It’s hard for many fans to imagine this now, but Steph Curry, Draymond Green, and even LeBron James were not always the All-Star players that they are now.  They also weren’t vilified by any particular fanbase (except if somebody had it out for Davidson, MSU, or St. Vincent-St. Mary’s).  We are seeing these three players on relative high points in their career arcs (not necessarily the apex, as there’s a lot of the story that is not yet written).  Shawn Livingston may have been on that trajectory, as well, had it not been for a serious injury that almost removed him from the profession.  Similarly, outside of short stories, fictional characters are hardly a snapshot of who they are in a given point in time — even something as basic as a character’s role changes from one point of the story to the next.  Characters change, and how they change and who they are at the end is a product of (at least) five basic factors:

-Who they are on a fundamental level
-Where they came from
– Where they hope to be
– Whether or not they’ve actually made strides toward where they want to be
– How they perceive the World

From a basketball standpoint, the answers to these questions might end up being a few standby archetypes in the sporting world:
– The Chosen One (LeBron, maybe Irving)
– The Golden Child (Love, Steph & Klay)
– The One with Something to Prove (Durant, maybe Tristan Thompson, Javale McGee, Derrick Williams)
– The Unsung Hero (Iguodala, Tristan Thompson, Ian Clark)
– The Gritty/Wily/Cagey Vet (Richard Jefferson, Shawn Livingston, Pachulia, Korver, Deron Williams)
– The Young Gun (McCaw, Felder)
– The One with the “Chip on His Shoulder” (Barnes, Draymond Green)

From a fiction perspective, there are so many archetypes, and so many characters that you may boil down to a few words.  For instance, Absconded by Sin has two major players that fall under the category of the disgraced veteran.  They are secondary characters who ascend in importance throughout the novel, and they each have their own trajectories.  Some of their trajectory relates to their station in life before the novel takes place (Major and PFC), and some of their trajectory relates to where they have been, but their trajectory also has something to do with how they see the World.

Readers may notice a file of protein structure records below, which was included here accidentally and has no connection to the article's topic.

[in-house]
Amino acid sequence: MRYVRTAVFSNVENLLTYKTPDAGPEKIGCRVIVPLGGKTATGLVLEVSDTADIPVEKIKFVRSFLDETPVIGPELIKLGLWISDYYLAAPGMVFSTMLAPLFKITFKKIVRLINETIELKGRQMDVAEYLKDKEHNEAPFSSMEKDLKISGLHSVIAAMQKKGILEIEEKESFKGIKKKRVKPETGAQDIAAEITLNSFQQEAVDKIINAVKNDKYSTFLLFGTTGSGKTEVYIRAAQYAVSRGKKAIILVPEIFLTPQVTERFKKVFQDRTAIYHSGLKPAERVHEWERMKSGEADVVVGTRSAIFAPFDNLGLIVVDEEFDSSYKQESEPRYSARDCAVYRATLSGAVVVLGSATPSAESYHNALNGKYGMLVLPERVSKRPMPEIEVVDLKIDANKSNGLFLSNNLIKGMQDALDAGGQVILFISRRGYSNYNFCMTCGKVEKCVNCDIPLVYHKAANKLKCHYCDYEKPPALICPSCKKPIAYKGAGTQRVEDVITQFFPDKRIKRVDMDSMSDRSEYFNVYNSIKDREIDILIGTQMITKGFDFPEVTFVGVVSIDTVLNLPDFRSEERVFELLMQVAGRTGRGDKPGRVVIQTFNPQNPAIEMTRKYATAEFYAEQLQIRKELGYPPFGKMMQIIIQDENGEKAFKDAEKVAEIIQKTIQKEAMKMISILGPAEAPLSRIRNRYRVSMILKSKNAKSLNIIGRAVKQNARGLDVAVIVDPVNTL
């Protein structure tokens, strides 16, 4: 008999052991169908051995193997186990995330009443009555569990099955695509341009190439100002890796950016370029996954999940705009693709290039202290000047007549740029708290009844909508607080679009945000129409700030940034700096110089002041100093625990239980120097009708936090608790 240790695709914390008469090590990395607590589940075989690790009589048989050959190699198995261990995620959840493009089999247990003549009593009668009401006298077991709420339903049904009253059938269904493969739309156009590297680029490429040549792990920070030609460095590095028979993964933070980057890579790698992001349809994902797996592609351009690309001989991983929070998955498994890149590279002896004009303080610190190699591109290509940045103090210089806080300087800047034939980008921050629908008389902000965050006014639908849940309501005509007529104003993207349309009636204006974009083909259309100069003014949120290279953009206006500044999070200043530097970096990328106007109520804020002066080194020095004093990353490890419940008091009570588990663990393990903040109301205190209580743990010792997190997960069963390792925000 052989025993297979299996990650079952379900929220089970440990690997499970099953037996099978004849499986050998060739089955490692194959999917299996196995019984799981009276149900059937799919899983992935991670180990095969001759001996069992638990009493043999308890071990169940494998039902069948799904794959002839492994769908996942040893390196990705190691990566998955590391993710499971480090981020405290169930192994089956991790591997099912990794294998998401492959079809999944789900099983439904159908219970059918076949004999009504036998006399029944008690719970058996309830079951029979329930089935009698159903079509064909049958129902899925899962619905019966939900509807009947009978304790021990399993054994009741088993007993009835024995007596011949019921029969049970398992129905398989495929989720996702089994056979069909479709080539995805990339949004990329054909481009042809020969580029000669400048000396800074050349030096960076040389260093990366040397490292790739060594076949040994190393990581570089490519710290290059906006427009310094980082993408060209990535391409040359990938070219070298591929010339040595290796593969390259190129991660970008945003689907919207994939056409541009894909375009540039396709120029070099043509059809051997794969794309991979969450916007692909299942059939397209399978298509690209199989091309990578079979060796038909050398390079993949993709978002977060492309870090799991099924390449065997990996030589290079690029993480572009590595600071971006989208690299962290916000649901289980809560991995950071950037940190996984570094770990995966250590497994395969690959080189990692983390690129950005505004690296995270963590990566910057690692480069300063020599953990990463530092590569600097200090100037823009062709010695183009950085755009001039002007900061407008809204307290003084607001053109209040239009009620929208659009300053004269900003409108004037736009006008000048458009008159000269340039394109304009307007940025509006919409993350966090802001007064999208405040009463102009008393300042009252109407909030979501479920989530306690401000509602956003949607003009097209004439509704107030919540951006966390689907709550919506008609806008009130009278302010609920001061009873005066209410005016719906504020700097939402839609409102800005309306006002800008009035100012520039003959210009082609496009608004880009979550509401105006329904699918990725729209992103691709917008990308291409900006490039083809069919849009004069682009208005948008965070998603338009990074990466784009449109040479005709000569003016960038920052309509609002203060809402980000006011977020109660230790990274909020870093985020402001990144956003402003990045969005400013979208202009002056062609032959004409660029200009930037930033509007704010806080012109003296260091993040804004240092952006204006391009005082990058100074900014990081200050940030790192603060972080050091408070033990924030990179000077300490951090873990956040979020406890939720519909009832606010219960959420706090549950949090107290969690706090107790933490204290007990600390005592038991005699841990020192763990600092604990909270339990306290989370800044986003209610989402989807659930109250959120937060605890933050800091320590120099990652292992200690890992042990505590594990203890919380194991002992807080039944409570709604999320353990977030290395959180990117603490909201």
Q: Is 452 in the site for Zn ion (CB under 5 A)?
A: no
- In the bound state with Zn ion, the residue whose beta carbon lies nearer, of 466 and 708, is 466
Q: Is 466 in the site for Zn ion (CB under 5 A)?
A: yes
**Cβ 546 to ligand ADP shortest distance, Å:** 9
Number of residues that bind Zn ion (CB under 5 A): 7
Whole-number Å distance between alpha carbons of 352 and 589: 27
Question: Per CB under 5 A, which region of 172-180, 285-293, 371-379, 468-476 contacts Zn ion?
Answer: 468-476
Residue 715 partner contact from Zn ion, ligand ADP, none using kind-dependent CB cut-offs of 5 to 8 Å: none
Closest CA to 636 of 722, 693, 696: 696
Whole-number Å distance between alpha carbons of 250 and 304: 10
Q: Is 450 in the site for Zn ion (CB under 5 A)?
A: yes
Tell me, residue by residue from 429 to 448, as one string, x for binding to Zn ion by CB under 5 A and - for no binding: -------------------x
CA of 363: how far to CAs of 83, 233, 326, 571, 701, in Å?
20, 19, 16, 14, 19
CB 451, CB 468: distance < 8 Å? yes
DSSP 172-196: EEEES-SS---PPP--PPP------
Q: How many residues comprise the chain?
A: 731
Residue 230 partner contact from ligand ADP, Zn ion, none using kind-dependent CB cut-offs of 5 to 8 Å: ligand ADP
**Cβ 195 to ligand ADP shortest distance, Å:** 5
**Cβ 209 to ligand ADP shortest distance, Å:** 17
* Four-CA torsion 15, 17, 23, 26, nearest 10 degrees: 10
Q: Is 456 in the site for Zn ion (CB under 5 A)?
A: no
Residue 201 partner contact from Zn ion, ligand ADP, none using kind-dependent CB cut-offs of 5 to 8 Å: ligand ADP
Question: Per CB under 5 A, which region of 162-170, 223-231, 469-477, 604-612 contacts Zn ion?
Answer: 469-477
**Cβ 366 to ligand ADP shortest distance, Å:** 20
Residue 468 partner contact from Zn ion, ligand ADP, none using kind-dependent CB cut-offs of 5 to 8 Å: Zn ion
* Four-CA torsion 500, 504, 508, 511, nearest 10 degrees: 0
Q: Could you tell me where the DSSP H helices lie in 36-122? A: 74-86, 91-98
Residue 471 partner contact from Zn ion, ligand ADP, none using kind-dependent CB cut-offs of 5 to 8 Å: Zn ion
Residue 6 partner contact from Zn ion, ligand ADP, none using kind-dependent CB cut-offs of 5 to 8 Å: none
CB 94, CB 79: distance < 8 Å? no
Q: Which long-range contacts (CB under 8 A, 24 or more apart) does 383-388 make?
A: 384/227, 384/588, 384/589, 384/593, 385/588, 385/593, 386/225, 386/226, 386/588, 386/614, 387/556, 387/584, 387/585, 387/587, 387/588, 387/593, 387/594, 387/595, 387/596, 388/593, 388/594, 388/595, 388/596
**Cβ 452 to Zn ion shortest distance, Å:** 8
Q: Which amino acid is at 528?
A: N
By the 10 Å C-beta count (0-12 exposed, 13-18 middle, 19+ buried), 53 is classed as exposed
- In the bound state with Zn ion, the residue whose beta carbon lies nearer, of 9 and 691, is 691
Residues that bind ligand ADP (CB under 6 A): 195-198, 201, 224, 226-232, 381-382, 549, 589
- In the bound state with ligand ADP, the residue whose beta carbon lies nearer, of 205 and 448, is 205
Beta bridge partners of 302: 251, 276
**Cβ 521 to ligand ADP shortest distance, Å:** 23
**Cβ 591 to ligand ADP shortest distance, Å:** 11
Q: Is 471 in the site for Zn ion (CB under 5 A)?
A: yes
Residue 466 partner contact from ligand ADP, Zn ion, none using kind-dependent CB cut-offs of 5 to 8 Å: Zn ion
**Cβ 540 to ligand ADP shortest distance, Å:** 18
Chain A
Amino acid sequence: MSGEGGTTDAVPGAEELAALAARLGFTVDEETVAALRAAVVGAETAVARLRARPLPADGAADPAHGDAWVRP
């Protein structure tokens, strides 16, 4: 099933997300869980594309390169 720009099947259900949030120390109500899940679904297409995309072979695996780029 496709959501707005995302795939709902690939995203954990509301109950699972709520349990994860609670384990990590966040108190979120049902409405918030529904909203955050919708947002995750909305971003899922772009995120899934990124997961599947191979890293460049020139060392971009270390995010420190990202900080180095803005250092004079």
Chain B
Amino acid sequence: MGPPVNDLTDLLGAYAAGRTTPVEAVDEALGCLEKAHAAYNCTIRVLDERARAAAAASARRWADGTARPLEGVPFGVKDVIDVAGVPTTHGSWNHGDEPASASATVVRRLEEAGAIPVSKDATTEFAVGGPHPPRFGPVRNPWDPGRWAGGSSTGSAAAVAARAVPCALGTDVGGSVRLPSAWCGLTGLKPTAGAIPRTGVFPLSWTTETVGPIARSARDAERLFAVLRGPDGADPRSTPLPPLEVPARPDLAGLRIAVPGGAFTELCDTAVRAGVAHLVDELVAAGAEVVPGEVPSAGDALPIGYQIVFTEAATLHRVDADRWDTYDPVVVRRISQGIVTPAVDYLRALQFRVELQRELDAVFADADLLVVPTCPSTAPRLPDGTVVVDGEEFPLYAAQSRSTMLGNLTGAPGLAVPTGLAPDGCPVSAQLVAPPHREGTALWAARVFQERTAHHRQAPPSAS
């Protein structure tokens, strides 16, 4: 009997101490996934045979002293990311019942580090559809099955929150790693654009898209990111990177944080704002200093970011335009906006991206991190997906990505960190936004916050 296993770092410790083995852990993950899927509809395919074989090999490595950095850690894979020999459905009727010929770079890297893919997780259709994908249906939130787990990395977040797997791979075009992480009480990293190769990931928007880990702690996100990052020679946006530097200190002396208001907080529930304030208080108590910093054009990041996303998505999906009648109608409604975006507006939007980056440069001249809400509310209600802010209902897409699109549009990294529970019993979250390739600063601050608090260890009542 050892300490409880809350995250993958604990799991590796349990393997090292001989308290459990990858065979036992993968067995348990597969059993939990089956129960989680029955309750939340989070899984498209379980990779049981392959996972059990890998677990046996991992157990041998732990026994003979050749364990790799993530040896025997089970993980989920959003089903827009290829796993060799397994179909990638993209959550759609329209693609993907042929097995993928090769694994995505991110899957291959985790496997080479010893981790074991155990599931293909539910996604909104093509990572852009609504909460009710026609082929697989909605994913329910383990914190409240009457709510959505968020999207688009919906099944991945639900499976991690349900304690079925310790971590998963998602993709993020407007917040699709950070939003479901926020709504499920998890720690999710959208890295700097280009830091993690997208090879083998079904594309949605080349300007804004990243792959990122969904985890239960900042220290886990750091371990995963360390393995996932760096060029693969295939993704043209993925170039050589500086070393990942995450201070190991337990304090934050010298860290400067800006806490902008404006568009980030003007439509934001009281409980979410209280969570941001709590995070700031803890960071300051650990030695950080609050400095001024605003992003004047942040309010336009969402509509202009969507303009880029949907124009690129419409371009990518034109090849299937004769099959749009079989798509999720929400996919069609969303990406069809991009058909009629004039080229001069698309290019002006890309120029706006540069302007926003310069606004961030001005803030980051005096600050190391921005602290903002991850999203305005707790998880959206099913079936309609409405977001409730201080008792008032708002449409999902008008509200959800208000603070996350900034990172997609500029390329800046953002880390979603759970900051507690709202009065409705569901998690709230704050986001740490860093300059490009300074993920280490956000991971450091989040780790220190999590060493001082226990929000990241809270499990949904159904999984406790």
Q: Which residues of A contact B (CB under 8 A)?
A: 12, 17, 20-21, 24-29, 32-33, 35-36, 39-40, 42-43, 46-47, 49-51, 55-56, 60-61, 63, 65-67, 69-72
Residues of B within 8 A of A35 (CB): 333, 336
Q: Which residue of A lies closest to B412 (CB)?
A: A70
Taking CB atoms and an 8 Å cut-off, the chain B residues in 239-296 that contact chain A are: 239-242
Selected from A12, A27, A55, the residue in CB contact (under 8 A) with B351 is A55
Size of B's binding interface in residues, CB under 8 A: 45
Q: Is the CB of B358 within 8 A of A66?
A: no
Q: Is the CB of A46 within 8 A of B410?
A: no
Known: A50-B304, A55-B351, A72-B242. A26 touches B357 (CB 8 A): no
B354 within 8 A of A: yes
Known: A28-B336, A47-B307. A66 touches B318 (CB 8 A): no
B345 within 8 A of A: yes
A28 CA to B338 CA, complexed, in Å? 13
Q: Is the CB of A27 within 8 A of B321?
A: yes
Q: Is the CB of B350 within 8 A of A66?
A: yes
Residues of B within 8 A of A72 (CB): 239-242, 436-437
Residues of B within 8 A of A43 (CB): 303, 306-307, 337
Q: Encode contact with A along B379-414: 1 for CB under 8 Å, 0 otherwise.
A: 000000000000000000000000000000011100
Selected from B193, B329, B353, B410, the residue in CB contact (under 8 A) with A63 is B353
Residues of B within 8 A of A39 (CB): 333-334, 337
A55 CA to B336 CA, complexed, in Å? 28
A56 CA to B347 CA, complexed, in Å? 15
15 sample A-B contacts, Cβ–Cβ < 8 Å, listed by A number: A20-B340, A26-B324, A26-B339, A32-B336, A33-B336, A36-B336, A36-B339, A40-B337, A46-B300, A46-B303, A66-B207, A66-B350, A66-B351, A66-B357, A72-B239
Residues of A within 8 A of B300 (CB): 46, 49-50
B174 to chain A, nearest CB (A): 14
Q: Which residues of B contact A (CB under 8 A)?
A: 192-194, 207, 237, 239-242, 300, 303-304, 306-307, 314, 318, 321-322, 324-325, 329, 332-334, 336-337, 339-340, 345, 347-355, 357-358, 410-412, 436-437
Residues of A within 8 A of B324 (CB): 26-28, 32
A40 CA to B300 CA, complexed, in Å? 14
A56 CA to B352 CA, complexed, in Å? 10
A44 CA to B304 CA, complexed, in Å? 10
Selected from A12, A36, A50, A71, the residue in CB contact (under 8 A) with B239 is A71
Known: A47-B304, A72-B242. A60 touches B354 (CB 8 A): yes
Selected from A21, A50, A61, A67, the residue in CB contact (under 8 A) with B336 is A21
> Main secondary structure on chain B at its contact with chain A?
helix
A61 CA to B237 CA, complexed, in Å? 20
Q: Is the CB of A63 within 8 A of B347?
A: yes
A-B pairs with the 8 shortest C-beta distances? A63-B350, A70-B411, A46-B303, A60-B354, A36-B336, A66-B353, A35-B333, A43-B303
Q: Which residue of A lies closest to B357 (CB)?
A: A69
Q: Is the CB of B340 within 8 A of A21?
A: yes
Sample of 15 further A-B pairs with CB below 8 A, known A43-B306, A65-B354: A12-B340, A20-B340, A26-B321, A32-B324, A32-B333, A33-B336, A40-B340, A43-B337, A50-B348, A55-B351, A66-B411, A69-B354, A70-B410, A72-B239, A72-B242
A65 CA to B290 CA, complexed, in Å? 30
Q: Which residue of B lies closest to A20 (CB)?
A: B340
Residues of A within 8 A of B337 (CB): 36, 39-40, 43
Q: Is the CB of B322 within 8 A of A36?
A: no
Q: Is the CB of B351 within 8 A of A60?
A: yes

Some of the archetypes you may see in your novels are the reluctant hero, the whore with the heart of gold, the damsel in distress, and the so-called action girl.  It’s up to you to determine if those characters follow a traditional character arc or trajectory for those archetypes, and whether that trajectory will be ascending or descending.  It could be a roller coaster; I never watched professional wrestling for enjoyment (just to fit in with friends), but what little I saw surprised me at how often a character could take a heel-face turn, going from good to bad and back again.  It’s no different from professional basketball, except that the heel-face turn largely depends on the court of public perception, and the same may also be true of your novels.  The antagonist may be pure evil, as well see in space operas and epics, or they may be a character that is scared, frustrated, or determined.

Epilogue: Characterization Challenges in My Writing

In a few minutes, my mind will be on the Warriors, hoping that they will be able to beat the Cavaliers at their best, or whatever state that they may be in.  I’ll also try to spend some time working on my novel, bearing in mind the archetypes that I’m using (if they apply to my characters, which they often do), and the types of character arcs I expected of these characters.

One of the challenges  I foresee in my current novel is making sure that the many divergent archetypal characters and character arcs can coalesce at the right points.  I focus on two characters, an aging small-town sheriff and a ne’er-do-well young woman who has lost her direction in life.  These two characters are often together, and thus the only time we get to see character arcs for their supporting characters are through the main characters’ eyes.